Mice, radiation and androgen deprivation (flutamide administration or castration)
RNA isolation and real-time RT-PCR
At the indicated times after irradiation, Four mice from each group were sacrificed by cervical dislocation and the lungs, intestine and liver were dissected and stored at -80°C pending analysis. Specific Assay-on-Demand Gene Expression Assay mixes (including primer and Taqman MGB probes) for IL-1α/β, IL-6, TNF-α and TGF-β were used for real-time PCR analysis (Applied Biosystems, Foster, CA, USA). The first strand cDNA was amplified through 40 cycles (95°C for 15 s and 60°C for 1 min) with the TaqMan Universal PCR Master mix and the specific Assay-on-Demand Gene Expression Assay mix for each gene according to the manufacturer's instructions. To compare loading differences, a GAPDH primer was used as the internal control. Optimized PCR was performed on an iCycler iQ multicolor real-time PCR detection system. Significant PCR fluorescent signals were normalized to a PCR fluorescent signal obtained from the mean value of the sham-irradiated control mice. Two- sided log- rank analysis was used to assess statistical significance, and the association between discrete variables was tested using t-test.
Assessment of myeloperoxidase (MPO) activity
MPO activities were determined in whole lung, liver and intestinal homogenates as described by Toth et al. . Tissue samples were collected, frozen in liquid nitrogen and stored at -80°C pending analysis. The samples were sonicated on ice, then centrifuged at 12,000 g for 15 min at 4°C. Aliquots were divided into 180 μl phosphate buffer (pH 6.0) containing 0.167 mg/ml o-dianisidine dihydrochloride and 0.0005% hydrogen peroxide. The reactions were monitored by spectrophotometry at 460 nm (model 550, Bio-RAD, Hercules, CA) for 10 min.
Histological analysis and immunochemical staining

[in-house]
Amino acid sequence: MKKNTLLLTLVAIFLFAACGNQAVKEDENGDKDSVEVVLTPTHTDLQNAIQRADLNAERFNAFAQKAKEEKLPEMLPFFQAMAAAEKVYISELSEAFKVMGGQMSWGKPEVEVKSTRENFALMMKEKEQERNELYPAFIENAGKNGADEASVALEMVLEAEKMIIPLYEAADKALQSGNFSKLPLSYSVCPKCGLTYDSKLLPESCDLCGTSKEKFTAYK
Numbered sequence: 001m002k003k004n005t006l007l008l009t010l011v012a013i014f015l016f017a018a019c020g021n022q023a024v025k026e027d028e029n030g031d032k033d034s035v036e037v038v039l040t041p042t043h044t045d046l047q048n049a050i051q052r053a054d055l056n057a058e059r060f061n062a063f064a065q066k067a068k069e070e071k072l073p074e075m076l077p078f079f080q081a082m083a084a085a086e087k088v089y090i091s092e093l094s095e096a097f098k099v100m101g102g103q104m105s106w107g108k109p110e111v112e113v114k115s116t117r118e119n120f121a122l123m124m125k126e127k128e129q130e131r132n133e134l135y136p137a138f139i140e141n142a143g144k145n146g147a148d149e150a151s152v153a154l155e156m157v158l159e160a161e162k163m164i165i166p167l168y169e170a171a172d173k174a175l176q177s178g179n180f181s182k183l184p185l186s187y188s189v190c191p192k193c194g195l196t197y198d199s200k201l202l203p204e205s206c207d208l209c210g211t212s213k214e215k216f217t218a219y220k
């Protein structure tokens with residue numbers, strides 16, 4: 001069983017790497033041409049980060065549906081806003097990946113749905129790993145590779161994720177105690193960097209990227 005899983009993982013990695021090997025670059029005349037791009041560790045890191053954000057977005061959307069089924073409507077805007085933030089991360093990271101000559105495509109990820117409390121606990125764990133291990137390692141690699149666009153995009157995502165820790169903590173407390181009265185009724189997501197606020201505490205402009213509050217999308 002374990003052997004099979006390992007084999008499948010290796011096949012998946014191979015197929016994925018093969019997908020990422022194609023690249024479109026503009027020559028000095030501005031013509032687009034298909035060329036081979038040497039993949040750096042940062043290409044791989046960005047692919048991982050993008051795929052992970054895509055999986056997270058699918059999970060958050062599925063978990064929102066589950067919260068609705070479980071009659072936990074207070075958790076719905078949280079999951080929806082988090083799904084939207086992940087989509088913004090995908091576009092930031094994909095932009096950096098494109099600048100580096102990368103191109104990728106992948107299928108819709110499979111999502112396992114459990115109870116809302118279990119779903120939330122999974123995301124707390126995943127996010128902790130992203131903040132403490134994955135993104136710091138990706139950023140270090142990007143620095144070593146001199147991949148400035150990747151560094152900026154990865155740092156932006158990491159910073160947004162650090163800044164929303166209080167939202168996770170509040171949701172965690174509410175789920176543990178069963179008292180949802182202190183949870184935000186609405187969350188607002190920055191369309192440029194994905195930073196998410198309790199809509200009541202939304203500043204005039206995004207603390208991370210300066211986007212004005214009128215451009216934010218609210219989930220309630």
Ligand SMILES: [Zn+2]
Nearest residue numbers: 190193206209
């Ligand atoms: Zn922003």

Cellular aspects of inflammation were measured in lung and intestinal tissue samples using hematoxylin and eosin (H&E) and immunochemical staining. Treated and control mice were sacrificed by cervical dislocation 24 h after exposure to 20 Gy irradiation. Three mice for each group were used, and the lungs and intestines were fixed pre-autopsy with 10% formalin. Moreover, the lung and intestinal tissue samples from mice with Lupron treatment (with Lupron Depot (0.4 mg/Kg) at two weeks before irradiation) were also analyzed. For histological analysis, the tissues were fixed in 10% buffered formalin, paraffin-embedded and sectioned at an average thickness of 5 μm. The mounted sections were subjected to H&E and immunochemical staining. Briefly, samples were incubated overnight with goat anti-mouse TGF-β1 antibody (Santa Cruz Biotechnology, Inc., Santa Cruz, CA, USA) diluted 1:100 in 0.01 M RPMI at room temperature. After washing three times with PBS, the sections were incubated with biotinylated anti-goat IgG (1:100) for 10 min followed by peroxidase-avidin staining. Samples were washed with PBS, followed by addition of 3-amino-9 ethylcarbazole.
For western blot analysis of whole cell extracts, cells were lysed in a lysis buffer and the nuclear and cytoplasmic proteins were separated using an NE-PER kit (Pierce, Rockford, IL, USA). Equal amounts of protein were loaded onto SDS-PAGE gels. After electrophoresis, the proteins were transferred to nitrocellulose membranes. The membranes were incubated with antibodies specific for TGF-β1 and COX-2 (Santa Cruz Biotechnology, Inc), followed by incubation with horseradish peroxidase-conjugated secondary antibodies. Signals were detected using enhanced chemiluminescence. To normalize the protein loading, the membrane was re-probed with mouse anti-r-tubulin antibody (1:1000).
Electrophoretic mobility gel shift assays (EMSA)
Nuclear proteins were collected from BALB/c mice lung, intestinal and liver tissues 24 h after exposure to 20 Gy. Four murine lung tissues from each group were checked. The protein content was measured using the Bradford method. The DNA oligonucleotide used for NF-κB binding was 5'-AGTTGAGGGACTTTCCCAGGC-3', a sequence specific to NF-κB binding for mouse. The NF-κB binding activity was evaluated using a LightShift Chemiluminescent EMSA kit (Pierce, Rockford, IL, USA). Anneal oligo by mixing together equal amounts of the labeled complementary oligos and incubating the mixture for 1 h at room temperature. Nuclear extracts were incubated with the biotin-labeled DNA probe for 20 min at room temperature. The DNA-protein complex was separated from free oligonucleotides on a 5% polyacrylamide gel, transferred to a nylon membrane and cross-linked by UV. The membrane was incubated with streptavidin-horseradish peroxidase conjugate and detected by Enhanced chemiluminescence (Pierce, Rockford, IL, USA).